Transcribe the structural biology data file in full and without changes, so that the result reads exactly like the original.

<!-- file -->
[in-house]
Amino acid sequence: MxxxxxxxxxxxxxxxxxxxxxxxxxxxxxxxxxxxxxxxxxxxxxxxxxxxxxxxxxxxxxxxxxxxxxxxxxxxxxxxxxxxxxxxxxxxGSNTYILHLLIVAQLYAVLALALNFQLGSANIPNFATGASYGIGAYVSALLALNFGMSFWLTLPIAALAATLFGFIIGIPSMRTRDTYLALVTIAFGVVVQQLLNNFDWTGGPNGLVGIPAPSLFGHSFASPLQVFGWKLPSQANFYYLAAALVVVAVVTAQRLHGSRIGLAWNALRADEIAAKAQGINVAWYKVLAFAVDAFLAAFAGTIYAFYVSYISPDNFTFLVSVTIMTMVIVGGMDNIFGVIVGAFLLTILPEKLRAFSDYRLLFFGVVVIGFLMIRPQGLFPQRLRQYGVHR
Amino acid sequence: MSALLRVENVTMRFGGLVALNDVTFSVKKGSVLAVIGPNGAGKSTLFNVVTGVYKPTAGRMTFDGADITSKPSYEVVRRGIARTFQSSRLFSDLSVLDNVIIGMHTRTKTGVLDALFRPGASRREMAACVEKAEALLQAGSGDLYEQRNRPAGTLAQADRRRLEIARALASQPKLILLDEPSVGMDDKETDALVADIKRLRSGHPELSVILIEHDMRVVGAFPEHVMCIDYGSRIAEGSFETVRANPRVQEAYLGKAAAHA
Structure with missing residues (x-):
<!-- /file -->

[in-house]
Amino acid sequence: MxxxxxxxxxxxxxxxxxxxxxxxxxxxxxxxxxxxxxxxxxxxxxxxxxxxxxxxxxxxxxxxxxxxxxxxxxxxxxxxxxxxxxxxxxxxGSNTYILHLLIVAQLYAVLALALNFQLGSANIPNFATGASYGIGAYVSALLALNFGMSFWLTLPIAALAATLFGFIIGIPSMRTRDTYLALVTIAFGVVVQQLLNNFDWTGGPNGLVGIPAPSLFGHSFASPLQVFGWKLPSQANFYYLAAALVVVAVVTAQRLHGSRIGLAWNALRADEIAAKAQGINVAWYKVLAFAVDAFLAAFAGTIYAFYVSYISPDNFTFLVSVTIMTMVIVGGMDNIFGVIVGAFLLTILPEKLRAFSDYRLLFFGVVVIGFLMIRPQGLFPQRLRQYGVHR
Amino acid sequence: MSALLRVENVTMRFGGLVALNDVTFSVKKGSVLAVIGPNGAGKSTLFNVVTGVYKPTAGRMTFDGADITSKPSYEVVRRGIARTFQSSRLFSDLSVLDNVIIGMHTRTKTGVLDALFRPGASRREMAACVEKAEALLQAGSGDLYEQRNRPAGTLAQADRRRLEIARALASQPKLILLDEPSVGMDDKETDALVADIKRLRSGHPELSVILIEHDMRVVGAFPEHVMCIDYGSRIAEGSFETVRANPRVQEAYLGKAAAHA
Structure with missing residues (x-):